Native American Tribes & the Indian History in Pontiac, Illinois

Long before the terms Native American or Indian were considered, the tribes were spread all over the Americas. Before any white man set foot on this territory, it was settled by the forefathers of bands we now call Sioux, or Cherokee, or Iroquois.

For thousands of years, the American Indian developed its culture and legacy without interference. And that history is captivating.

From Mayan and Incan ruins, from the mounds left in the central and southern regions of what’s now the U.S. we have learned quite a bit. It’s a tale of beautiful craft work and deep spirituality. Archaeologists have unearthed highly elaborate structures and public works.

While there was unavoidable tribal conflict, that was nothing more than a slight blemish in the tale of our forebears. They were at peace with this beautiful continent and intensely plugged into nature.

 

The European Settler Arrives


european settlers arrive in americaWhen European leaders dispatched the first vessels in this direction, the goal was to explore new resources – but the quality of climate and the bounty of everything from wood to wildlife soon changed their tune. As those leaders learned from their explorers, the motivation to colonize spread like wildfire.

The English, French and Spanish raced to carve up the “New World” by shipping over inadequately prepared colonists as fast as they could. At first, they skirmished with the alarmed Indians of America’s eastern seaboard. But that shortly gave way to trade, since the Europeans who came ashore here knew their survival was doubtful with no Indian help.

Thus followed years of comparative peace as the settlers got themselves established on American soil. But the pressure to push inland came soon after. Kings and queens from thousands of miles away were impatient to find even more resources, and some colonists came for freedom and adventure.

They wanted more space. And so began the process of pushing the American Indian out of the way.

It took the shape of cash arrangements, barter, and famously, treaties which were nearly consistently neglected after the Indians were pushed away from the territory in question.

treaty at new amsterdam

The U.S. government’s policies towards Native Americans in the second half of the nineteenth century were determined by the desire to expand westward into territories inhabited by these Native American tribes. By the 1850s virtually all Native American tribes, approximately 360,000 in number, were living to the west of the Mississippi River. These American Indians, some from the Northwestern and Southeastern territories, were confined to Indian Territory situated in present day Oklahoma, while the Kiowa and Comanche Native American tribes shared the area of the Southern Plains.

The Sioux, Crows and Blackfeet dominated the Northern Plains. These Native American groups encountered adversity as the continuous stream of European immigrants into northeastern American cities pushed a stream of immigrants into the western lands already occupied by these various groups of Indians.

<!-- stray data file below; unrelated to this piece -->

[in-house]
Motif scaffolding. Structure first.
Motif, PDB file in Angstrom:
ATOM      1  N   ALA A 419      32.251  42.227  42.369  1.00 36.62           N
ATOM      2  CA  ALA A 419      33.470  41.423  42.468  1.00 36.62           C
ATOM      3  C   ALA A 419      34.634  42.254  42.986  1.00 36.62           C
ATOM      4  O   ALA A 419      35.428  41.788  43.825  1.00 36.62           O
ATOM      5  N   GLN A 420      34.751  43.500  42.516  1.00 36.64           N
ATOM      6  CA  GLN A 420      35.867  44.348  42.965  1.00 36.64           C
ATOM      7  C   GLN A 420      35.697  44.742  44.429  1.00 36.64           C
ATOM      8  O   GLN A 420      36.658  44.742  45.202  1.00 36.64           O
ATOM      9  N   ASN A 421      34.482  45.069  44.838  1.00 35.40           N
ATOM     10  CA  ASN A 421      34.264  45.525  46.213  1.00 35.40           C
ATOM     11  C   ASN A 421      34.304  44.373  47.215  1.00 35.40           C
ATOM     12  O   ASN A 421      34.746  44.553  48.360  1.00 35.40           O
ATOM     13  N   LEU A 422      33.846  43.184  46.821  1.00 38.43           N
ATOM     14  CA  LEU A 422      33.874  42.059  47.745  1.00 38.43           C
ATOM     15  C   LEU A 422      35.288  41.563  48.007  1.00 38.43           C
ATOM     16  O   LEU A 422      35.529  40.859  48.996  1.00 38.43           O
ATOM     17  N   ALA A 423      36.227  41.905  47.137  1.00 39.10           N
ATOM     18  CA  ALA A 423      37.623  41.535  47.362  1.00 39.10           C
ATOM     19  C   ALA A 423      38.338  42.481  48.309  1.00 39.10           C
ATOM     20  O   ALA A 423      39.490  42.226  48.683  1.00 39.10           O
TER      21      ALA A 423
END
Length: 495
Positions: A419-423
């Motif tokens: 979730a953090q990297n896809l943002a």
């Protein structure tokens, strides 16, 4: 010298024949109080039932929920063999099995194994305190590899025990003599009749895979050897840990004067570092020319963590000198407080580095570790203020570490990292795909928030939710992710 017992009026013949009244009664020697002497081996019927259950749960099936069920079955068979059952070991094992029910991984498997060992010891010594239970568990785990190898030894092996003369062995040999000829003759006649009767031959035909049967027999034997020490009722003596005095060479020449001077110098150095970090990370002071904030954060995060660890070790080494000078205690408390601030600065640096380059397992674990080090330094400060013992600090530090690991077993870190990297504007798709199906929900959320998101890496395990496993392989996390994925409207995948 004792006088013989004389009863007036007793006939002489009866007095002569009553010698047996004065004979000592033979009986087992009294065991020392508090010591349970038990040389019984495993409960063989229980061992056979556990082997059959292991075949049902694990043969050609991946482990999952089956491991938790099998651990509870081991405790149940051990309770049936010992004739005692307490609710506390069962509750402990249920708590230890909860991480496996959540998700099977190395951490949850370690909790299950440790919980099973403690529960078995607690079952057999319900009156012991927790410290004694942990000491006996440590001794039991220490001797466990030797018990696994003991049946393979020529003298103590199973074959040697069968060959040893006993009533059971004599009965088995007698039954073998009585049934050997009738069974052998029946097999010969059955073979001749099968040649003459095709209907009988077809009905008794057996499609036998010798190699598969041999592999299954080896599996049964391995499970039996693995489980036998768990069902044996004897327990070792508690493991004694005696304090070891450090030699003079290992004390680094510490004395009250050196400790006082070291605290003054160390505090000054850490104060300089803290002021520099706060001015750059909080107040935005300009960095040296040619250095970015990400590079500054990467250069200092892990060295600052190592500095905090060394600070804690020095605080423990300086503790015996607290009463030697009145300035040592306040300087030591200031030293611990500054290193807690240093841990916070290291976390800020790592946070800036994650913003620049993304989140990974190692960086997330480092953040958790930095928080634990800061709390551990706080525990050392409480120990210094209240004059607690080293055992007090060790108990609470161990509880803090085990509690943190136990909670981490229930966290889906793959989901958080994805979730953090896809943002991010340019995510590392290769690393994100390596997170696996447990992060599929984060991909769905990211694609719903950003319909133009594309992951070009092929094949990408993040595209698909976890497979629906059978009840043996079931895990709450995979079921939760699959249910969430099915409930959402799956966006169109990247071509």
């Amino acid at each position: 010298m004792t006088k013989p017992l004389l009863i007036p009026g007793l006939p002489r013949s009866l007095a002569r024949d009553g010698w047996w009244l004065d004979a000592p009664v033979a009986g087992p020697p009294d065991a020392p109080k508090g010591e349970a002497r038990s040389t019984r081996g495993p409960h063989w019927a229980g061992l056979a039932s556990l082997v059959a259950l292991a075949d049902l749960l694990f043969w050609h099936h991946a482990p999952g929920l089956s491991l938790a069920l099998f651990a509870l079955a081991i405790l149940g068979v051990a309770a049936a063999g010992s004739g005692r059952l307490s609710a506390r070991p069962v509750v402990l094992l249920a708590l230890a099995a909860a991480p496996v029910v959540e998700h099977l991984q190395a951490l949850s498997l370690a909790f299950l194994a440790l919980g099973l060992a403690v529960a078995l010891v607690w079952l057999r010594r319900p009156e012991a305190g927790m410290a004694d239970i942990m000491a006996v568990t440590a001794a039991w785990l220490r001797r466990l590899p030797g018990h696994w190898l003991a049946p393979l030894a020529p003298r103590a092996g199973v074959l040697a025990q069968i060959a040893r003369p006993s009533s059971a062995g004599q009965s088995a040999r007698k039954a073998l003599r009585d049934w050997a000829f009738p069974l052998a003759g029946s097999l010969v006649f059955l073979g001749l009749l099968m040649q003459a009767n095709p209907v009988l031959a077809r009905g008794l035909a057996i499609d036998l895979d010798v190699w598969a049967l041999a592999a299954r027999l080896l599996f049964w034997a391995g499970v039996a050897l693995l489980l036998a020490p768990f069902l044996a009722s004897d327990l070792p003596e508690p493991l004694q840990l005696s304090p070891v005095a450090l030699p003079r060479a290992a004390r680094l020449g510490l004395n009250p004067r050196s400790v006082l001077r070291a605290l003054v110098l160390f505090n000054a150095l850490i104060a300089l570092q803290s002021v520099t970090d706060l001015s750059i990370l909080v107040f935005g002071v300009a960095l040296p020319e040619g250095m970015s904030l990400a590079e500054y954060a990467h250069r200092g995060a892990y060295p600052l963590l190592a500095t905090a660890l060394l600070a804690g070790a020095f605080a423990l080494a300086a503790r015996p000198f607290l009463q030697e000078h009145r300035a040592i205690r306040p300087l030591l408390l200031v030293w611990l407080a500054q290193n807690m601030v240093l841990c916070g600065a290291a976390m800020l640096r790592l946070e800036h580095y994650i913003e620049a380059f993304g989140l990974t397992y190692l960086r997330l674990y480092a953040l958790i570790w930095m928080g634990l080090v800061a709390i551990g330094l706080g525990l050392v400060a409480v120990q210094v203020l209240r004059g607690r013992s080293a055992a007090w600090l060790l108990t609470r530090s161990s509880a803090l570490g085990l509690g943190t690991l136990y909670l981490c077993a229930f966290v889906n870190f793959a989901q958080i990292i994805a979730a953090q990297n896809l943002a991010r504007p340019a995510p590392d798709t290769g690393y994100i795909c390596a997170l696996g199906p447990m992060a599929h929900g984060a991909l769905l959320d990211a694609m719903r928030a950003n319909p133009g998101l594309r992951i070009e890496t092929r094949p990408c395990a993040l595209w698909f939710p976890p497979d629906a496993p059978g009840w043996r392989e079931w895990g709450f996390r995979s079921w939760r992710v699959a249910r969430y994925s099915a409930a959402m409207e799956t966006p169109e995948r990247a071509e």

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    The early nineteenth century in the United States was marked by its continual expansion to the Mississippi River. However, due to the Gadsden purchase, that lead to U.S. control of the borderlands of southern New Mexico and Arizona in addition to the authority over Oregon country, Texas and California; America’s expansion wouldn’t end there. Between 1830 and 1860 the United States nearly doubled the amount of acreage within its control.

    These territorial gains coincided with the arrival of hordes of European and Asian immigrants who wished to join the surge of American settlers heading west. This, combined with the discovery of gold in 1849, presented captivating opportunities for those prepared make the extended quest westward. Consequently, with the military’s protection and the U.S. government’s assistance, many settlers set about building their homesteads in the Great Plains and other areas of the Native American group-inhabited West.

    signing the treaty of traverse des sioux

    Native American Tribes


    Native American Policy can be defined as the laws and regulations and procedures made and adapted in the United States to define the relationship between Native American tribes and the federal government. When the United States initially became an independent country, it implemented the European policies towards these indigenous peoples, but over two centuries the U.S. tailored its very own widely varying policies regarding the changing perspectives and necessities of Native American regulation.

    In 1824, in order to administrate the U.S. government’s Native American policies, Congress made a new agency inside the War Department called the Bureau of Indian Affairs, which worked directly with the U.S. Army to enforce their policies. At times the federal government recognized the Indians as self-governing, separate political communities with varying cultural identities; however, at other times the government attempted to compel the Native American tribes to give up their cultural identity, hand over their land and assimilate into the American traditions.